My Pet Peeve

As those who read my posts know, one of the reasons that I post source documents is that I don’t think that people should have to rely solely upon a report summarizing a court opinion or a statute even if I am the author of the summary. Thus, I believe that the practice of linking to source documents should be the rule rather than the exception for all news media.

I am not alone here. Today, the Lawfare Blog announced that, going forward:

Lawfare’s readers [will have] direct access to the primary law underlying the issues discussed on Lawfare. Lawfare readers can now click on references to legal authorities cited in Lawfare’s articles to go to the full text of the opinion or statute, published on Casetext.

The full text of the announcement is here. (I have pdf’d the page and uploaded the pdf here. A link to the page is here.)

While the larger newspapers, such as the Washington Post and the New York Times, have increasingly been linking to source material, their practices are not consistent. Smaller news outlets virtually never provide links. Yet, the marginal cost of downloading source material, storing it on a news outlet’s server, and adding a link to a story carried online is trivial. I rather suspect that the rationale is something like: “We’ve been doing it without links for [fill in the blank] number of years and we see no reason to change now.”

Let me both make a suggestion and ask a favor of RBC members. Whenever you see a story on a court case, a proposed bill, or a statute and there is no link to the source, send an email to the reporter. Ask the reporter to send you a link and suggest that a link to source material should be provided in all similar stories. Perhaps sooner or later they’ll get the idea.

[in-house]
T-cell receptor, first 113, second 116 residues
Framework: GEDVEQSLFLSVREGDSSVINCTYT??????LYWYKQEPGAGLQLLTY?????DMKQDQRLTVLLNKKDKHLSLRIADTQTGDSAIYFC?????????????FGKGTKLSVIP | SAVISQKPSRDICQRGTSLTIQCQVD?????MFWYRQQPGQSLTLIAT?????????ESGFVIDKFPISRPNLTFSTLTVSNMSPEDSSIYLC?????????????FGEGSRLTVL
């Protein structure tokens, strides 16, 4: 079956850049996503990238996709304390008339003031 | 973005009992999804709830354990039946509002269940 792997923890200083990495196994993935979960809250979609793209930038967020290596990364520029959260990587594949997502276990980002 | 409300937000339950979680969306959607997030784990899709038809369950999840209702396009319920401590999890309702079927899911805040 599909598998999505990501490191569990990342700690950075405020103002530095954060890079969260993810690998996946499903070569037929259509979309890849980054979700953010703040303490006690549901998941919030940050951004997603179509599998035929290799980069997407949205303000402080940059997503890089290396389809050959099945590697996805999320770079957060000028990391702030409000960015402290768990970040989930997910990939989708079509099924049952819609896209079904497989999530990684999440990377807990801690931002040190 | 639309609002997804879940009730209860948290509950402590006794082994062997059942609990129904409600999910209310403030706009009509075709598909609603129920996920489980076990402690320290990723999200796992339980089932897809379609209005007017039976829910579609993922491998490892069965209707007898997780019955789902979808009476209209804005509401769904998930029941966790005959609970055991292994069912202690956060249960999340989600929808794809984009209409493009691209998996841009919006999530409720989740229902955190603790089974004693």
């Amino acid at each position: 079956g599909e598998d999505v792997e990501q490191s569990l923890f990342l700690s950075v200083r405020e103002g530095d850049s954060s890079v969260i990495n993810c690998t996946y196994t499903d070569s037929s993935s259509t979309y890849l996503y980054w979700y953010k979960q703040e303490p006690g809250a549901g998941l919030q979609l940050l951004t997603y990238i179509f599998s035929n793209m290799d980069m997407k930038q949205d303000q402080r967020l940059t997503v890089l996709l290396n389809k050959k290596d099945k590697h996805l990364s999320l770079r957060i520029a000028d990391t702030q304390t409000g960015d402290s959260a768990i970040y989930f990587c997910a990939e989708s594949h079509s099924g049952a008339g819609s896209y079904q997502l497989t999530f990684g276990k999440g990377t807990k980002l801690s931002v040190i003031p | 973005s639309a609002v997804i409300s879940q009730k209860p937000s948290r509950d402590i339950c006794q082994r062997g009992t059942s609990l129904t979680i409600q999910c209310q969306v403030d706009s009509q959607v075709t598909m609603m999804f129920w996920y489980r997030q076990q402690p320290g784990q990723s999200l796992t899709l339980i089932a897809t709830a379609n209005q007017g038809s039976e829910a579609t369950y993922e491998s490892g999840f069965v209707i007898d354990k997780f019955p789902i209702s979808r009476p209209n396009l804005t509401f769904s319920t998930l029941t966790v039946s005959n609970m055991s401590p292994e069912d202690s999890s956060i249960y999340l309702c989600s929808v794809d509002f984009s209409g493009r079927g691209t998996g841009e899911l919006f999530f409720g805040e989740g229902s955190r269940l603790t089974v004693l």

4 thoughts on “My Pet Peeve”

  1. It is a fine idea. And if they are going to go to all that trouble, I do like the pull quotes you do here (if that’s what they are called) and also highlighting, whenever I can get it.

    I have a peeve I’d like to run by folks. Would it be a good idea or a bad idea if newspapers had, instead of one architecture critic who critiqued, two who went at it in a debate? I feel like I would learn more that way. Or is that an illusion? Or … is it a mistake to read architecture criticism at all, when I know diddly about the subject?

  2. To guard against linkrot, it would also be a good convention to give an access date, so that a dead link can later be recovered through the Wayback Machine. I assume this is not infallible, but it greatly lowers the risk.

    1. Good point, but there are two better approaches.

      First, hereinafter, I will simply pdf the webpage. I will then put the RBC “stamp” on the pdf and upload it to my domain. In a moment, I will edit the actual post to link to the pdf. In the interim, you can find it here:
      Since I hope to be in practice for at least five or six more years, good health and wife willing, this should, as a practical matter, create a work around the link rot issue.

      A far better remedy would be to use I have created a link here for the Lawfare announcement:

      The problem with is that, for an individual who is not associated with an academic institution, a subscription is not cheap. (I’m still working on my 10 initial freebies.) However, for individuals who are associated with an academic institution that is part of the network, is free. Perhaps one of the academic members of RBC could look into using for the blog.

  3. Alas, five or six years is really the blink of an eye, even in internet time. (Not exactly the same situation, but I’ve noticed when searching for simple answers to stupid tech questions that 7-10 years back seems to be the sweet spot.)

    Depending on a bunch of issues, it might be a thoughtful act to start putting away money to fund your domain and hosting further into the future. (Albeit it looks as is the monopoly-rent business there is starting to move into full swing)

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